. . . Karl Popper, the great philosopher of science, once divided the world into two categories: clocks and clouds. Clocks are neat, orderly systems that can be solved through reduction; clouds are an epistemic mess, “highly irregular, disorderly, and more or less unpredictable.” The mistake of modern science is to pretend that everything is a clock, which is why we get seduced again and again by the false promises of brain scanners and gene sequencers. We want to believe we will understand nature if we find the exact right tool to cut its joints. But that approach is doomed to failure. We live in a universe not of clocks but of clouds.

(Via: Rod Dreher )


11. Swedish opera singer Malena Ernman sings Nikolai Rimsky-Korsakov’s super-speedy ”Flight of the Bumblebee”

(Via: Geekosystem )


12. Why you want a strong Goth for a best man :

The tradition of a best man has its origin with the Germanic Goths, when it was customary and preferable for a man to marry a woman from within his own community. When women came into short supply “locally,” eligible bachelors would have to seek out and capture a bride from a neighboring community. As you might guess, this was not a one-person operation, and so the future bridegroom would be accompanied by a male companion who would help. Our custom of the best man is a throwback to that two-man, strong-armed tactic, for, of course the future groom would select only the best man he knew to come along for such an important task.

The role of the best man evolved. By 200 A.D. his task was still more than just safeguarding the ring. There remained a real threat that the bride’s family would attempt to forcibly obtain her return, so the best man remained at the groom’s side throughout the marriage ceremony, alert and well-armed. He continued his duties after the ceremony by standing guard as sentry outside the newlywed’s home. Much of this is German folklore, but is not without written documentation and physical artifacts. We have records that indicate that beneath the altars of many churches of early peoples (the Huns, Goths, Visigoths, and Vandals) there lay an arsenal of clubs, knives, and spears. The indication is that these were there to protect the groom from possible attack by the bride’s family in an attempt to recapture her.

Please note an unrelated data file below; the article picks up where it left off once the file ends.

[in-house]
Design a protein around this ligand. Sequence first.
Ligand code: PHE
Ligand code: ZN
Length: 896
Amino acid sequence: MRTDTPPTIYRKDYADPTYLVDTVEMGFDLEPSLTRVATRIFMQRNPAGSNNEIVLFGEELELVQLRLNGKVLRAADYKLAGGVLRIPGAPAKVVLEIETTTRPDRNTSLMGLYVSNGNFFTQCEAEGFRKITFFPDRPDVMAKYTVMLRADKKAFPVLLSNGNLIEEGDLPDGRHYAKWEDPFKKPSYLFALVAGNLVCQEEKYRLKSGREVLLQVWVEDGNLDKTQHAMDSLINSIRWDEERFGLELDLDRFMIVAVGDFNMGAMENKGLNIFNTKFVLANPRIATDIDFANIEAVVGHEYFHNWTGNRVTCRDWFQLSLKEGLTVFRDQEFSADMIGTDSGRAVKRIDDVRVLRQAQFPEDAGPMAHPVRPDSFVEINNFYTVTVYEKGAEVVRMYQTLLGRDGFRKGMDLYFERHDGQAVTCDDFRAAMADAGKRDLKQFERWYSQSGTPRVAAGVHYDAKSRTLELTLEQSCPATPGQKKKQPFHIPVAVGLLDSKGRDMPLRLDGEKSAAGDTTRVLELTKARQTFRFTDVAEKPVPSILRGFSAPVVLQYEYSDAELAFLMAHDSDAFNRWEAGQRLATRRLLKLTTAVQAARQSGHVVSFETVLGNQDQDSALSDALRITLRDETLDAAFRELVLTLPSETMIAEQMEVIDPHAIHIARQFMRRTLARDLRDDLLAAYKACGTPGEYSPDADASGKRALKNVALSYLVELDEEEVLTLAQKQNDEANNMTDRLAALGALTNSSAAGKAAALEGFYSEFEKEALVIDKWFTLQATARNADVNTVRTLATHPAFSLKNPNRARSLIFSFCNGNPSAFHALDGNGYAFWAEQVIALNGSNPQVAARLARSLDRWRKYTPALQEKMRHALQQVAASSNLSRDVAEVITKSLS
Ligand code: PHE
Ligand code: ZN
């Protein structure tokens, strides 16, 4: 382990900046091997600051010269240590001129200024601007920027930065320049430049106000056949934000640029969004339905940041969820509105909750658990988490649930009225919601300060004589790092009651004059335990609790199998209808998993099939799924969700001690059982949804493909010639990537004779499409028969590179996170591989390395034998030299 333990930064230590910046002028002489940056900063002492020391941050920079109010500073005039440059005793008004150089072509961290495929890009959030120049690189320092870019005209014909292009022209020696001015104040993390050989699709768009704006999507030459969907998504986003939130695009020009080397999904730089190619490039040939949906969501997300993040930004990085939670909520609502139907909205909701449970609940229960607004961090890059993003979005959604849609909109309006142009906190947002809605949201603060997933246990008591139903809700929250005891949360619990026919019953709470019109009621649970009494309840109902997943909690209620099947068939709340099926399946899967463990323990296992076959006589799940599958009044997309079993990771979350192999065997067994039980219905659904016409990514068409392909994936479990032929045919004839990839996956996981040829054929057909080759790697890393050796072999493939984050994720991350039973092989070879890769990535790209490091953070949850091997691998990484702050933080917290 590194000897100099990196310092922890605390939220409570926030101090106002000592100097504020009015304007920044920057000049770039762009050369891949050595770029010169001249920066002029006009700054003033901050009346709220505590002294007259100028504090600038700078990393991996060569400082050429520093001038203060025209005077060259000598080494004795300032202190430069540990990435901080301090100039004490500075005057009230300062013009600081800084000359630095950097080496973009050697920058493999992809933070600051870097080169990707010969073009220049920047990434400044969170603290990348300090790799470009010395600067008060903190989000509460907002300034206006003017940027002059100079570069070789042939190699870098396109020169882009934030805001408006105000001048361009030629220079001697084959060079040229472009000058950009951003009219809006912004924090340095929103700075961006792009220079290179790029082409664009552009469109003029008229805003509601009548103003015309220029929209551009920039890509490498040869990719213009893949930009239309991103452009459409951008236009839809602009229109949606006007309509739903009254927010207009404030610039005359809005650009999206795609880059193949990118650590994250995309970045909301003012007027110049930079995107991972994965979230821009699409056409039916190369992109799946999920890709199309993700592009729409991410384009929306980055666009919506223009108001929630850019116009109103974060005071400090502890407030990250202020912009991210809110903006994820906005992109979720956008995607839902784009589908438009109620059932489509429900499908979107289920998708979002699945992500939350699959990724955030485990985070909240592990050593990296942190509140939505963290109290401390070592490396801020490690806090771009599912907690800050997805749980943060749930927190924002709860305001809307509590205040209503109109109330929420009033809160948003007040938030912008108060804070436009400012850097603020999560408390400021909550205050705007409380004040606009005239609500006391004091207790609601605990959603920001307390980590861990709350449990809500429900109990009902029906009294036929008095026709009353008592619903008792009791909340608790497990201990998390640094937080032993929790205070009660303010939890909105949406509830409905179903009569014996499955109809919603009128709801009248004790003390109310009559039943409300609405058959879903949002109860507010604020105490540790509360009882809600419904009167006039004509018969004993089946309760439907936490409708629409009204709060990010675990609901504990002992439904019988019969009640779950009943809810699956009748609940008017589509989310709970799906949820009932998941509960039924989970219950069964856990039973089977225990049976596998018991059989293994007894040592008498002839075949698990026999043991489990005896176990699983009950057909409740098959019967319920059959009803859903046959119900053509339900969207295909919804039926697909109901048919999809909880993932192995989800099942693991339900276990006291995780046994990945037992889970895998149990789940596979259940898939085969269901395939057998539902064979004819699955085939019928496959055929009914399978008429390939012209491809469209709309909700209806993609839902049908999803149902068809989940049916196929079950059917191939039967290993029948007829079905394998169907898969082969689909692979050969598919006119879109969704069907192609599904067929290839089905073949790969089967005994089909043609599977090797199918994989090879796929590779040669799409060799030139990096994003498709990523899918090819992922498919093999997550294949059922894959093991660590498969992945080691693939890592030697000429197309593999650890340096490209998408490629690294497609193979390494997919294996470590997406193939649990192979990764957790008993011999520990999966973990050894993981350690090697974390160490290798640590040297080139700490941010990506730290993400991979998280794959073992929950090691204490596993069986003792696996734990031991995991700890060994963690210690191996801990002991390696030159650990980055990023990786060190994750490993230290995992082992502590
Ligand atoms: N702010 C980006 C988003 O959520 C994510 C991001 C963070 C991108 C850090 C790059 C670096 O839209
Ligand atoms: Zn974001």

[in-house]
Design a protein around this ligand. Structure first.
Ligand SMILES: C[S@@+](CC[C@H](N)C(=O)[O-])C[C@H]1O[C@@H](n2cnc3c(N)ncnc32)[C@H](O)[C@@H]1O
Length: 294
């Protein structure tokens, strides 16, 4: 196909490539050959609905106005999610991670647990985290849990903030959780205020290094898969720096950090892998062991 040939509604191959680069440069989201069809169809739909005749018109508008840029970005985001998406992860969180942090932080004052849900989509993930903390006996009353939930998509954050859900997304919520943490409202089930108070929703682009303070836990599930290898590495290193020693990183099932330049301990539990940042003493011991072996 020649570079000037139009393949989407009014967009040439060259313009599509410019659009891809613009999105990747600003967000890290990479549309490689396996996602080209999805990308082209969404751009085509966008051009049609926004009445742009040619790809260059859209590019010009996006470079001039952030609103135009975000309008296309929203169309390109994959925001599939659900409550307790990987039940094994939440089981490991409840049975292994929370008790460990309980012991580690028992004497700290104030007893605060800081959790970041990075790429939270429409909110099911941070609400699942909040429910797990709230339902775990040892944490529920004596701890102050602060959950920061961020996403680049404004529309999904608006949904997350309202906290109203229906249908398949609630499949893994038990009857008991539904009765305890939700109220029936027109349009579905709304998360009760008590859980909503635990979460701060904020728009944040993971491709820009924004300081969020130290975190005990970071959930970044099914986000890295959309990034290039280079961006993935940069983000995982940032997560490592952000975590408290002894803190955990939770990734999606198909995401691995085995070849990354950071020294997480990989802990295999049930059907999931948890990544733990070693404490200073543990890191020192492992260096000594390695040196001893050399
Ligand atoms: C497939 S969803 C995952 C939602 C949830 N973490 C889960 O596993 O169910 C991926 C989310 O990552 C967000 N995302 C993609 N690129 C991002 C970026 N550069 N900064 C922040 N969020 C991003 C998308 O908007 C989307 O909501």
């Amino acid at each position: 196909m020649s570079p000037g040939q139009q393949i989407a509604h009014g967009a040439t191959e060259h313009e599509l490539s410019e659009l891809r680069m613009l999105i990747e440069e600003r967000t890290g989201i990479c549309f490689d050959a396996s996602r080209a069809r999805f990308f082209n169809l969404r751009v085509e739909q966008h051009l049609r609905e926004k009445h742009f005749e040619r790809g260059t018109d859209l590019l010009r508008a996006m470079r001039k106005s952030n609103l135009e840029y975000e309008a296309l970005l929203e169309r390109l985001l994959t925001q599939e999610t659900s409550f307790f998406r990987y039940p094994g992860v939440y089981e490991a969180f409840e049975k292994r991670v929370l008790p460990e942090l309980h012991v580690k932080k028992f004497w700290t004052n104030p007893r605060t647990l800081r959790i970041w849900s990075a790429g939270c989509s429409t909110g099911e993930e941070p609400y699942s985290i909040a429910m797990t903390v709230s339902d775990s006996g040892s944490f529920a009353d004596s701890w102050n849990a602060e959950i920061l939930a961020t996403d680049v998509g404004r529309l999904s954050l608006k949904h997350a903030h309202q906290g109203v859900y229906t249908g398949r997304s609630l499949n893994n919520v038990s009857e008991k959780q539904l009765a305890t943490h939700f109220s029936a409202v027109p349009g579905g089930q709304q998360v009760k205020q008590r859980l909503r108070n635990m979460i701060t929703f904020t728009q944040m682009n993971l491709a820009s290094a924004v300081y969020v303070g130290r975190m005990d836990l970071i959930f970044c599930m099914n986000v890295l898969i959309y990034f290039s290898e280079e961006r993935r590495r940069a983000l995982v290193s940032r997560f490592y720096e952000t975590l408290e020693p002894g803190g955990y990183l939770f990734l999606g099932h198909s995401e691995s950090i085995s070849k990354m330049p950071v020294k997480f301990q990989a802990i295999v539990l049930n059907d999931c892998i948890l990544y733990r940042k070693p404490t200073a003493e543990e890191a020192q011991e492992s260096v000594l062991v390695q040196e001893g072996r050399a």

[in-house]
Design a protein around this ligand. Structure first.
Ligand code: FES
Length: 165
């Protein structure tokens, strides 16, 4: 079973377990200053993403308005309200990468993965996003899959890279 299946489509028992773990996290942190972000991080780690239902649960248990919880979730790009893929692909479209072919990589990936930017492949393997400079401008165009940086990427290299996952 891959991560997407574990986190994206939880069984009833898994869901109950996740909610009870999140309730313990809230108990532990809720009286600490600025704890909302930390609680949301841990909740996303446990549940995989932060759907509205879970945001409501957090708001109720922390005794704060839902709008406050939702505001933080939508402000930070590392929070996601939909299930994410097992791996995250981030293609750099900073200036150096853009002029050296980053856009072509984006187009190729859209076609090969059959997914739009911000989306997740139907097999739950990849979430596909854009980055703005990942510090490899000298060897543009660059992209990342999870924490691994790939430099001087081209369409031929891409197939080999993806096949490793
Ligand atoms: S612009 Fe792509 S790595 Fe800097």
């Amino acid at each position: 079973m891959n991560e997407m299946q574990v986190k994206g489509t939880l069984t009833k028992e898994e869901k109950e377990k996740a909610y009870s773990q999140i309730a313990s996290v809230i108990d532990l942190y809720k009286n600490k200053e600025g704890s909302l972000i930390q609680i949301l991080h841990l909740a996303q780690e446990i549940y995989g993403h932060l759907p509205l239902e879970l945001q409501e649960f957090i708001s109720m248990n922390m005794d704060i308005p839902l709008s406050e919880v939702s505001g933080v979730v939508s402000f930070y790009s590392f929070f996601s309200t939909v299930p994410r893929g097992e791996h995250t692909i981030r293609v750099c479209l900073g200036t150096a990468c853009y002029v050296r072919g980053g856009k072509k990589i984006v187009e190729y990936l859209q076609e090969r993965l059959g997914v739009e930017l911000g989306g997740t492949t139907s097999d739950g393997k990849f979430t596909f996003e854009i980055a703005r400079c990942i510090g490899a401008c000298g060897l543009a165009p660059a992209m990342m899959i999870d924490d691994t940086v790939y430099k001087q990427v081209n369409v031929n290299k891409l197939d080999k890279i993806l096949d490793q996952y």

(Via: No Left Turns )


13. White rice ‘raises diabetes risk’ : Replacing white rice with brown rice and wholemeal bread could cut the risk of diabetes by a third, US experts say.


14. 10 great “grownup” books for kids


15. Rent a white guy : Chinese companies are temporarily hiring white men to pose as fake businessmen.

One friend, an American who works in film, was paid to represent a Canadian company and give a speech espousing a low-carbon future. Another was flown to Shanghai to act as a seasonal-gifts buyer. Recruiting fake businessmen is one way to create the image — particularly, the image of connection — that Chinese companies crave. My Chinese-language tutor, at first aghast about how much we were getting paid, put it this way: “Having foreigners in nice suits gives the company face.”


16. Psychologist Steven Pinker says that new media is not making us dumber :

The effects of consuming electronic media are also likely to be far more limited than the panic implies. Media critics write as if the brain takes on the qualities of whatever it consumes, the informational equivalent of “you are what you eat.” As with primitive peoples who believe that eating fierce animals will make them fierce, they assume that watching quick cuts in rock videos turns your mental life into quick cuts or that reading bullet points and Twitter postings turns your thoughts into bullet points and Twitter postings.


17. Atlas of True Names


18. Almost everything you think you know about the Pony Express is wrong :

Riders frequently changed horses at most stations, usually riding no more than 100 miles before being relieved. Though speed was required, they rarely galloped, an activity particularly hazardous when traversing deserts pocked with prairie-dog holes that could easily break a horse’s leg. On the plains the riders often had to navigate around the still enormous herds of buffalo. Keep moving, the riders were instructed, but take no unnecessary risks.